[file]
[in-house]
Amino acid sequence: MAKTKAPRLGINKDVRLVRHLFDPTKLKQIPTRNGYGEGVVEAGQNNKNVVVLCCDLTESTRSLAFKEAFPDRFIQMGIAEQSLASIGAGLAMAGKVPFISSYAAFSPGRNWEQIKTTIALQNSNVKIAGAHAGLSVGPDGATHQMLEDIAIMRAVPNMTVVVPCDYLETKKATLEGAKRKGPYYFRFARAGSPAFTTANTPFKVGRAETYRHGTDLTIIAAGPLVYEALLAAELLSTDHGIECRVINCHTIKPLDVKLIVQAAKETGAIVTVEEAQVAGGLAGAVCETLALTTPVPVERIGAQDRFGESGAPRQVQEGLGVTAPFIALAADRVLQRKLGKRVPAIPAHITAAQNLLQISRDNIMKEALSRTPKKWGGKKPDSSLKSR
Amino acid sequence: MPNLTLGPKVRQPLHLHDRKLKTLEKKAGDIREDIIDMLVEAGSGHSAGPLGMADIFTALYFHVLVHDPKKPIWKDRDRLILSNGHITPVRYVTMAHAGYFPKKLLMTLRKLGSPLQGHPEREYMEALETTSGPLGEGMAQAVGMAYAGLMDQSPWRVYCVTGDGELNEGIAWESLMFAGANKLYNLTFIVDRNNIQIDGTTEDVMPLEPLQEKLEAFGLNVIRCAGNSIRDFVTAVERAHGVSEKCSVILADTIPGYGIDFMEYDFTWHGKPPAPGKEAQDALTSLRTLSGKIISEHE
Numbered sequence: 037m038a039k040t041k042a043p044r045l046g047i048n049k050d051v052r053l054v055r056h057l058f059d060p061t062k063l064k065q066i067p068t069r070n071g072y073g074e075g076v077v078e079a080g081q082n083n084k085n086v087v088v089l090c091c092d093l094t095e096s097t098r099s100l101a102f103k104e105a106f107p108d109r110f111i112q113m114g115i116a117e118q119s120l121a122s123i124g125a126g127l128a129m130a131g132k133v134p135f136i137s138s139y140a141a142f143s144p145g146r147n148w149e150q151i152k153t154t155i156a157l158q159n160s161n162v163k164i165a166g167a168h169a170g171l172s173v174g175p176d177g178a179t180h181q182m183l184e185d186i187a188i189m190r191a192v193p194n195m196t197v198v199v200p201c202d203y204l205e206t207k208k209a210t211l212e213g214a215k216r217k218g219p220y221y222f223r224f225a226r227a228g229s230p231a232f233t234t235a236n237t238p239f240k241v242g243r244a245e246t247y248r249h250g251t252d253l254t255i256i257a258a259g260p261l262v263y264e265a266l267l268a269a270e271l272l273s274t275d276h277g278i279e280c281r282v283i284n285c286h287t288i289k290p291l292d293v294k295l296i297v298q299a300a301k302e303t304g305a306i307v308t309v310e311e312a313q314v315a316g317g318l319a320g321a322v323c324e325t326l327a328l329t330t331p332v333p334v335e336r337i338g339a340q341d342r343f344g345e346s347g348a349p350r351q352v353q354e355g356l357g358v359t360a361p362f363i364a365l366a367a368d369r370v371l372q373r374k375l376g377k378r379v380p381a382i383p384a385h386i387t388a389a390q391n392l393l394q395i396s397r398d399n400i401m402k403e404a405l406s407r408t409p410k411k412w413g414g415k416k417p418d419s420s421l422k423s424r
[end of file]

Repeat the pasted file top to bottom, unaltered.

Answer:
[in-house]
Amino acid sequence: MAKTKAPRLGINKDVRLVRHLFDPTKLKQIPTRNGYGEGVVEAGQNNKNVVVLCCDLTESTRSLAFKEAFPDRFIQMGIAEQSLASIGAGLAMAGKVPFISSYAAFSPGRNWEQIKTTIALQNSNVKIAGAHAGLSVGPDGATHQMLEDIAIMRAVPNMTVVVPCDYLETKKATLEGAKRKGPYYFRFARAGSPAFTTANTPFKVGRAETYRHGTDLTIIAAGPLVYEALLAAELLSTDHGIECRVINCHTIKPLDVKLIVQAAKETGAIVTVEEAQVAGGLAGAVCETLALTTPVPVERIGAQDRFGESGAPRQVQEGLGVTAPFIALAADRVLQRKLGKRVPAIPAHITAAQNLLQISRDNIMKEALSRTPKKWGGKKPDSSLKSR
Amino acid sequence: MPNLTLGPKVRQPLHLHDRKLKTLEKKAGDIREDIIDMLVEAGSGHSAGPLGMADIFTALYFHVLVHDPKKPIWKDRDRLILSNGHITPVRYVTMAHAGYFPKKLLMTLRKLGSPLQGHPEREYMEALETTSGPLGEGMAQAVGMAYAGLMDQSPWRVYCVTGDGELNEGIAWESLMFAGANKLYNLTFIVDRNNIQIDGTTEDVMPLEPLQEKLEAFGLNVIRCAGNSIRDFVTAVERAHGVSEKCSVILADTIPGYGIDFMEYDFTWHGKPPAPGKEAQDALTSLRTLSGKIISEHE
Numbered sequence: 037m038a039k040t041k042a043p044r045l046g047i048n049k050d051v052r053l054v055r056h057l058f059d060p061t062k063l064k065q066i067p068t069r070n071g072y073g074e075g076v077v078e079a080g081q082n083n084k085n086v087v088v089l090c091c092d093l094t095e096s097t098r099s100l101a102f103k104e105a106f107p108d109r110f111i112q113m114g115i116a117e118q119s120l121a122s123i124g125a126g127l128a129m130a131g132k133v134p135f136i137s138s139y140a141a142f143s144p145g146r147n148w149e150q151i152k153t154t155i156a157l158q159n160s161n162v163k164i165a166g167a168h169a170g171l172s173v174g175p176d177g178a179t180h181q182m183l184e185d186i187a188i189m190r191a192v193p194n195m196t197v198v199v200p201c202d203y204l205e206t207k208k209a210t211l212e213g214a215k216r217k218g219p220y221y222f223r224f225a226r227a228g229s230p231a232f233t234t235a236n237t238p239f240k241v242g243r244a245e246t247y248r249h250g251t252d253l254t255i256i257a258a259g260p261l262v263y264e265a266l267l268a269a270e271l272l273s274t275d276h277g278i279e280c281r282v283i284n285c286h287t288i289k290p291l292d293v294k295l296i297v298q299a300a301k302e303t304g305a306i307v308t309v310e311e312a313q314v315a316g317g318l319a320g321a322v323c324e325t326l327a328l329t330t331p332v333p334v335e336r337i338g339a340q341d342r343f344g345e346s347g348a349p350r351q352v353q354e355g356l357g358v359t360a361p362f363i364a365l366a367a368d369r370v371l372q373r374k375l376g377k378r379v380p381a382i383p384a385h386i387t388a389a390q391n392l393l394q395i396s397r398d399n400i401m402k403e404a405l406s407r408t409p410k411k412w413g414g415k416k417p418d419s420s421l422k423s424r